DJI Osmo Action Review: A GoPro Alternative You Should Try
GoPro’s Hero series finally has a worthy competitor in handheld action cameras, and it’s from a company you may associate more with quadcopters.
DJI’s new Osmo Action offers nearly everything that makes the GoPro popular and adds a few tricks of its own, including a front screen for effortless action selfies.
DJI clearly took a page from GoPro’s playbook. The basic features are nearly identical to last year’s GoPro Hero7. Both can capture 12-megapixel stills in RAW and JPG, record 4K video at up to 60 frames per second, and offer video effects like 8X slow motion and excellent electronic stabilization. They’re also both waterproof out of the box; the Action claims 36 feet, GoPro 33 feet.
The Osmo Action’s headlining difference, and what sets it apart from other action cams we’ve tested, is its bonus 1.4-inch front screen. This camera has a screen on both sides. The front screen is tiny, but it offers a full-color display and it’s incredibly handy for selfie videos. The front screen is just large enough that you can tell where you are in the Action’s sweeping 145 degree field of view. That alone will make it a compelling buy for anyone primarily shooting from a stick.
There are two ways to switch between the Action’s dual screens: either use a touch gesture (a two-finger double tap on the rear LCD) or a long press of the Quick Switch button. Either way, you can swap screens nearly instantaneously.
In the hand, the Action isn’t an exact clone of a GoPro, but its form factor is similar. DJI tweaked the basic action camera design enough to squeak in a nice, bright 2.25-inch rear LCD with true 16:9 aspect ratio—no letter-boxed video playback like you’ll find in the Hero series. It makes the Osmo Action slightly wider than a GoPro, but it still felt about as comfortable as any tiny rectangular camera can feel.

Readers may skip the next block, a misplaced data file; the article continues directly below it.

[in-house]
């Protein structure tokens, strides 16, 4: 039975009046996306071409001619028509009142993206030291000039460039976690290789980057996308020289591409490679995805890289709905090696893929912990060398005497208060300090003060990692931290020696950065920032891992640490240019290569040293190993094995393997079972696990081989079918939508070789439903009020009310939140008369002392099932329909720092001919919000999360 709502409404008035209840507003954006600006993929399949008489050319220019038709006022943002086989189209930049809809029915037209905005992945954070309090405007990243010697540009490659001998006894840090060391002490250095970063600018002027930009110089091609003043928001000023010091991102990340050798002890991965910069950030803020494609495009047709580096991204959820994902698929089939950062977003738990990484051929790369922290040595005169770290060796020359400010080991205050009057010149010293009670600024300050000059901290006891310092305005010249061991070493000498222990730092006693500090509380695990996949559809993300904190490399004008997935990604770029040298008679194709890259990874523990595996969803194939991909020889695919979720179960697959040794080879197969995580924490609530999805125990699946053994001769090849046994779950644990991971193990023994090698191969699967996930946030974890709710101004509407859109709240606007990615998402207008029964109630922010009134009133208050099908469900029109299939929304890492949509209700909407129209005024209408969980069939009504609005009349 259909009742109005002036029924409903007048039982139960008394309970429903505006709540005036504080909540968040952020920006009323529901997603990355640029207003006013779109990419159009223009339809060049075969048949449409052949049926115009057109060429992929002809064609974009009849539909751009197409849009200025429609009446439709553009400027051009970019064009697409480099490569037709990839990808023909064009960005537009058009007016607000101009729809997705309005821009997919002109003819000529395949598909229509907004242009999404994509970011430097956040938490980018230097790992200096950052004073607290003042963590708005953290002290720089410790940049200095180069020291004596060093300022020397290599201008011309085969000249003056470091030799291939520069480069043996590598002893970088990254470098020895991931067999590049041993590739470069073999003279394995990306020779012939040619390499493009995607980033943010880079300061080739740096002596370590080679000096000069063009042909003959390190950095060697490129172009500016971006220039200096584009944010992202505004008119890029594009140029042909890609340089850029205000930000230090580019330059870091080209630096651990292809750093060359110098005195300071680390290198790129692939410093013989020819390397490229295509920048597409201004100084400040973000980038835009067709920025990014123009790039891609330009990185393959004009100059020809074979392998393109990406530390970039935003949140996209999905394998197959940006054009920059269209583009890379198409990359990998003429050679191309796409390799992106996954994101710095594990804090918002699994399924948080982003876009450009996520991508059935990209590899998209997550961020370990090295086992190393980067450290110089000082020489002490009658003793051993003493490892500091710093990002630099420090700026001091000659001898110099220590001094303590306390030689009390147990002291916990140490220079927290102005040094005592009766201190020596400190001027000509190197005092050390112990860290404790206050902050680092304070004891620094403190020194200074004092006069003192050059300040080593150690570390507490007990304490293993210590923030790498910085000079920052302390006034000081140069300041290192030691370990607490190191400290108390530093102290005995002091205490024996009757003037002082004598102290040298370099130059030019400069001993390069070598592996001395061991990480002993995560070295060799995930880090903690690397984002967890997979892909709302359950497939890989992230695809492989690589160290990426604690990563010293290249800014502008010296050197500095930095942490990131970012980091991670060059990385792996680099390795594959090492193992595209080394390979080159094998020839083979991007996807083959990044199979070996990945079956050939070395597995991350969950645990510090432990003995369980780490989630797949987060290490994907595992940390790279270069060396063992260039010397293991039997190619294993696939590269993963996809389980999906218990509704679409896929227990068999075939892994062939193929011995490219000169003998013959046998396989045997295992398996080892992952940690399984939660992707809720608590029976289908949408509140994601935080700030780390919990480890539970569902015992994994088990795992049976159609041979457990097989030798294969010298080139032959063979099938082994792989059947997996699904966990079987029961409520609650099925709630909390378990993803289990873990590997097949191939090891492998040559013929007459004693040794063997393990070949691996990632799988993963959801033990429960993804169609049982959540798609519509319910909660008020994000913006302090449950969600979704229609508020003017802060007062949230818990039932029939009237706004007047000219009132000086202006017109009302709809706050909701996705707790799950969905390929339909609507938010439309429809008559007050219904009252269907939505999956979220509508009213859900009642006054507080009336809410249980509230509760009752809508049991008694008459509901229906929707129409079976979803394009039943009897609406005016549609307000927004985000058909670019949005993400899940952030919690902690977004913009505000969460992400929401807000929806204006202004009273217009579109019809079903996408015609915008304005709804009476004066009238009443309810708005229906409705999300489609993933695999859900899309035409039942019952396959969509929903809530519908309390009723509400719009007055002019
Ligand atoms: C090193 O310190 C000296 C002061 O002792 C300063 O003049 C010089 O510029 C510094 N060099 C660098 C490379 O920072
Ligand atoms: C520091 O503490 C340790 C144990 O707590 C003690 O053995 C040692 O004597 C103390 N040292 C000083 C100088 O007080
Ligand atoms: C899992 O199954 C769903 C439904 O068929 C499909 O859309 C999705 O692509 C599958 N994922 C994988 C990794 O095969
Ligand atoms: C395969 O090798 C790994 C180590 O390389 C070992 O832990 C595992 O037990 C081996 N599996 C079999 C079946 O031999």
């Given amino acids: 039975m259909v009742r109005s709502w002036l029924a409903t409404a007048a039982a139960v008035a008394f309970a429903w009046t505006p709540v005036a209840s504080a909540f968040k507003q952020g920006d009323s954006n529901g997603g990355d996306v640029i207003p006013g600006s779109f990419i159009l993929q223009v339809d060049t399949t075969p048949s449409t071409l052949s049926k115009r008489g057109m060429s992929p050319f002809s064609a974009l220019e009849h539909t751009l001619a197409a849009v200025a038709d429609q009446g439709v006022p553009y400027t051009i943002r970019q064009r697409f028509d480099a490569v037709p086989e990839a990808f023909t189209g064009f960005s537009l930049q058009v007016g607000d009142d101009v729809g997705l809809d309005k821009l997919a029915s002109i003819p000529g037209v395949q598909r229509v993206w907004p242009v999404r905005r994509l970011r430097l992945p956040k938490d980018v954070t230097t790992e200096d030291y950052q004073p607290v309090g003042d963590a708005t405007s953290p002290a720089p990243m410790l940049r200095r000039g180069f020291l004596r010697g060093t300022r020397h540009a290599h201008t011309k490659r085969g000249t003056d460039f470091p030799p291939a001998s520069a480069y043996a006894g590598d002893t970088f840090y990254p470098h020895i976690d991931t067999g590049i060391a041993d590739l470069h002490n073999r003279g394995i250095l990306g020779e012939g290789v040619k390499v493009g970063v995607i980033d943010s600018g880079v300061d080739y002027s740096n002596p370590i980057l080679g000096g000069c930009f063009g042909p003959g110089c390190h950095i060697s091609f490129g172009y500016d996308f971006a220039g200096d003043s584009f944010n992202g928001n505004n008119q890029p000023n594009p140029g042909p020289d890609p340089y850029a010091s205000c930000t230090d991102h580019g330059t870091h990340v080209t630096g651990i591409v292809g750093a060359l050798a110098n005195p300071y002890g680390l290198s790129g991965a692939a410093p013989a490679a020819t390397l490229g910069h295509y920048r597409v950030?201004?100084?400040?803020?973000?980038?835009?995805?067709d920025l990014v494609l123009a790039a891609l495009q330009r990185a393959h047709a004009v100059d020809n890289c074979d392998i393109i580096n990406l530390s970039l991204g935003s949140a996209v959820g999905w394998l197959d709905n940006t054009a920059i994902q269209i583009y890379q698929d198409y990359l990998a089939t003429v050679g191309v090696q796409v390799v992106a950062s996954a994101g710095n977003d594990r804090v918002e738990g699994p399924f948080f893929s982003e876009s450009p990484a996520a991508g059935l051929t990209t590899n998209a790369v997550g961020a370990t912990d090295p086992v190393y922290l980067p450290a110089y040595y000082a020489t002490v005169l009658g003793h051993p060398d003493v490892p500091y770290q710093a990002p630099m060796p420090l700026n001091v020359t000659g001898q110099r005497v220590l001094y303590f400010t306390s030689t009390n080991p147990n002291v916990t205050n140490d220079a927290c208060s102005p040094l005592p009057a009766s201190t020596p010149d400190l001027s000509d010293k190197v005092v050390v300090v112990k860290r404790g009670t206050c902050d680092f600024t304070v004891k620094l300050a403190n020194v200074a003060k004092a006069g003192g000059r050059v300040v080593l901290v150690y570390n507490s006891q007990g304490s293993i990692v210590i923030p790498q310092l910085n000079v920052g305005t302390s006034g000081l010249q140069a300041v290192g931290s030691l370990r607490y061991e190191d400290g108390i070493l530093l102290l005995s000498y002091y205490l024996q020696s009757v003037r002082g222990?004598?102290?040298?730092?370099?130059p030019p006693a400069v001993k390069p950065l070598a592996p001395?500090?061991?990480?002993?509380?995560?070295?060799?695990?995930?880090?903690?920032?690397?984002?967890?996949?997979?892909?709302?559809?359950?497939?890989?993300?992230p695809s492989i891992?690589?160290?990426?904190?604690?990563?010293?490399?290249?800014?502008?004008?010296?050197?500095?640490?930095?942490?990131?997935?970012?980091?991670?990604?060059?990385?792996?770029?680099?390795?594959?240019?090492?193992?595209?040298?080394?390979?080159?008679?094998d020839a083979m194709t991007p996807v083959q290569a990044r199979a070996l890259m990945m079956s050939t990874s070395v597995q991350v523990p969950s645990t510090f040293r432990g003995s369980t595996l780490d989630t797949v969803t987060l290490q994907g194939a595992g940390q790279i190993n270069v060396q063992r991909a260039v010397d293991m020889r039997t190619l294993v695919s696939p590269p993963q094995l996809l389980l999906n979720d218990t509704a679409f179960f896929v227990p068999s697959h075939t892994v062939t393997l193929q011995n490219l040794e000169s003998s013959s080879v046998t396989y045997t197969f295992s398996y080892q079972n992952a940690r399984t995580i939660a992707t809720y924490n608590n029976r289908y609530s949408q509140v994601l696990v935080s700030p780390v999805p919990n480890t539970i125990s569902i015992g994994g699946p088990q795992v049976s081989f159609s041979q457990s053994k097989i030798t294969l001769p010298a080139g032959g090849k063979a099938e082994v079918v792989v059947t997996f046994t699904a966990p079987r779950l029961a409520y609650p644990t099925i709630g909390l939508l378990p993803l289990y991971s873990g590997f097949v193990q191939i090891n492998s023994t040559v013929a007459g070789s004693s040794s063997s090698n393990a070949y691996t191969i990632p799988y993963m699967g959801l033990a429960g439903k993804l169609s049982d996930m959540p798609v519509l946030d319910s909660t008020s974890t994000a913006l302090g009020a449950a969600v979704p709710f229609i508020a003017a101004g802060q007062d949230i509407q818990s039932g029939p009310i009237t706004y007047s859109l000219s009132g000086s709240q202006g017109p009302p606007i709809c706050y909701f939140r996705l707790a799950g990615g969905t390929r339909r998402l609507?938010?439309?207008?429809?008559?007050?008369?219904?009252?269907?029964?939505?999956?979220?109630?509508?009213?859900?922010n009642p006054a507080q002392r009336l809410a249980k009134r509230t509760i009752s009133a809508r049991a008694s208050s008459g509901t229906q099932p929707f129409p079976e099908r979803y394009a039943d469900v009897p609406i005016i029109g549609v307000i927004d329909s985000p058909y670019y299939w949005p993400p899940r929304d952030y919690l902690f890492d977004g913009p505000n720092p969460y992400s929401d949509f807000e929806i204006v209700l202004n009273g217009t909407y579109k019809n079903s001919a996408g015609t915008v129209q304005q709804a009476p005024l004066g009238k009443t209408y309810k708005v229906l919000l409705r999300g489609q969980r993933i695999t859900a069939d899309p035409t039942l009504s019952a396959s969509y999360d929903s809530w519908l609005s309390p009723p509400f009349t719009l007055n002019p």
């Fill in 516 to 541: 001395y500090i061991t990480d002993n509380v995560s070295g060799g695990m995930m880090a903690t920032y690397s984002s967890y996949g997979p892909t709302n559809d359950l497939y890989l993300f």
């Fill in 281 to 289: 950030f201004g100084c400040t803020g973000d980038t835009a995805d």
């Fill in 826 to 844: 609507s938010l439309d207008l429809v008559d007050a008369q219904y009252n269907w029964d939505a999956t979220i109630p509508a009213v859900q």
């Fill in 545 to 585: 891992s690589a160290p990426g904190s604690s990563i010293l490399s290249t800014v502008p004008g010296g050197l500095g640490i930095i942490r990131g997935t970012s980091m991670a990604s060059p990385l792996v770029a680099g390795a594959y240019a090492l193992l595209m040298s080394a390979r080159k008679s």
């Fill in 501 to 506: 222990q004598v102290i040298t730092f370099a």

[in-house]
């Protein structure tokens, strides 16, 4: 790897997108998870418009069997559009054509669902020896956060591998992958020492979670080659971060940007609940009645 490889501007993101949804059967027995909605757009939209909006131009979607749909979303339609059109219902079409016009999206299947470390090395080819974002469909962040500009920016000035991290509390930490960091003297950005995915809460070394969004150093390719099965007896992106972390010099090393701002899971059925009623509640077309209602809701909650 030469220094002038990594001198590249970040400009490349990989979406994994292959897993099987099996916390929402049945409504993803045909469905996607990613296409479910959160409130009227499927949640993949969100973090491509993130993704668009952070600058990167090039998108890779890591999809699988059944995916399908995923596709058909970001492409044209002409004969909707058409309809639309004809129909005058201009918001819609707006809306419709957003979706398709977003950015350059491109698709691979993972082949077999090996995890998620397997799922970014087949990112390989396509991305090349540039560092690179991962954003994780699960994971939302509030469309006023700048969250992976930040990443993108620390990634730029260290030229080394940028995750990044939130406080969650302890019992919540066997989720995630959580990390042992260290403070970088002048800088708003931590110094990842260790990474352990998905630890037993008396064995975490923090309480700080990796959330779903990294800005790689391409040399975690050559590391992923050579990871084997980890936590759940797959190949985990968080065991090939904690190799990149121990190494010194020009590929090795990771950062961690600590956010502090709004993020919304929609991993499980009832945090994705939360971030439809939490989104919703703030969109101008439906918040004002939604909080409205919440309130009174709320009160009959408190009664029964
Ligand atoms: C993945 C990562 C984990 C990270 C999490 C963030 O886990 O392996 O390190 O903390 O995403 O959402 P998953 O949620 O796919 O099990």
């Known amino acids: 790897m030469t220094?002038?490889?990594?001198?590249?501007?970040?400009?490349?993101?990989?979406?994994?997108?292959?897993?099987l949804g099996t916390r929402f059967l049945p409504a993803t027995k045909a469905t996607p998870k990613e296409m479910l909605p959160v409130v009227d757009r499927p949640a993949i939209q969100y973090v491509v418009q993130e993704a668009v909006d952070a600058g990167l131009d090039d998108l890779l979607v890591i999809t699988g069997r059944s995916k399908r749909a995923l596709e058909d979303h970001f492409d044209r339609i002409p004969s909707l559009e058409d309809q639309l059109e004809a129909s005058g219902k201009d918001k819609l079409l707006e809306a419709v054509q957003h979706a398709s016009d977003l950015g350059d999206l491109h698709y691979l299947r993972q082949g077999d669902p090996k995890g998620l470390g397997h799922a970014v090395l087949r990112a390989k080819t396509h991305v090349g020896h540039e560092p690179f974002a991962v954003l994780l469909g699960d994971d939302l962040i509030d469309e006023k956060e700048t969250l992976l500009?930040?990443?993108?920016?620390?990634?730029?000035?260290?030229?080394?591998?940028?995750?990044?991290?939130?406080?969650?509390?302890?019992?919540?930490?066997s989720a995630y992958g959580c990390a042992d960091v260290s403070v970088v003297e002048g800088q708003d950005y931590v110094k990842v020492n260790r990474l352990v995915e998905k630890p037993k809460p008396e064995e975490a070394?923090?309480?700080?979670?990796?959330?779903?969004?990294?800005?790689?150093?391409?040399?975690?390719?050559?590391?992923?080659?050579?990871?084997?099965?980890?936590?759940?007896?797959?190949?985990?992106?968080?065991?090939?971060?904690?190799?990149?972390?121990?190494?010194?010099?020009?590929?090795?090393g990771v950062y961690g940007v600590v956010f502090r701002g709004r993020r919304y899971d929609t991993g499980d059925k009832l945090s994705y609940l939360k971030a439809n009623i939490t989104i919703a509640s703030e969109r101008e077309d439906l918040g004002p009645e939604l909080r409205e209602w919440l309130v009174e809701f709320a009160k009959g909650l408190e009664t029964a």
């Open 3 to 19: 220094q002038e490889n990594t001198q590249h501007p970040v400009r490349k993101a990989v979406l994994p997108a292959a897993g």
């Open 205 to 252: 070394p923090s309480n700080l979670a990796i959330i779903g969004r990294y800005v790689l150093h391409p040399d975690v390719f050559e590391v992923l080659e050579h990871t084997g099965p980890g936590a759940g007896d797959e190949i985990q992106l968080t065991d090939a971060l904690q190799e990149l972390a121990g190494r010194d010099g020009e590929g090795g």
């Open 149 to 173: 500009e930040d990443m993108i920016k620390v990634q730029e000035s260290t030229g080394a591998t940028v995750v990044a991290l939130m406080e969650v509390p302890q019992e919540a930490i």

You probably aren’t going to hold this thing anyway. You’re going to mount it. DJI wisely included a case and mounting system that mirrors GoPro, which means that many mounts that fit a Hero should also work with the Osmo Action.
The Osmo Action is waterproof up to 36 feet, just be sure you seal the flap that covers the USB-C port and MicroSD card slot before you dive in. You won’t have to seal a flap on the HDMI port because, unlike the Hero7, there is no HDMI port on the Action—no real-time monitoring from the comfort of your director’s chair. But hey, this is an action camera. It’s meant to be on your helmet or handlebars recording the, ahem, action. Technically there is a way to monitor footage if you really need to; you can use DJI’s mobile app on your phone. Your phone’s screen isn’t huge, but it’s bigger than what the Osmo Action offers.
The Osmo Action also uses the same sensor as the DJI Mavic Air, and supports the same frame rates and video options, which is handy if you’re mixing footage from the air and ground.
The Action is fronted by an F2.8 lens that’s covered with a screw-in clear filter. (GoPro also supports filters.) My test unit included four Neutral Density filters to reduce incoming light in the bright situations action cameras often find themselves, like skiing on a sunny day. Letting less light through the lens means you can select aperture and exposure settings that would otherwise produce overexposed images. I found the included ND 16 filter perfect for bright days at the pool. Other ND filters are sold separately and there are already a few third party filters to choose from.
DJI may be new to action cameras, but it has a lot of experience stabilizing tiny cameras in its drones. The company calls the Action’s image stabilization system “RockSteady,” which might be mocking the GoPro’s equally silly “HyperSmooth” system. Whatever the case, what took GoPro seven iterations to get right DJI has nailed in its first go.
There are some situations in which I like the results of GoPro’s stabilization a little better—for example, sudden jouncing smooths out better, but for the most part it’s difficult to tell the difference between the two.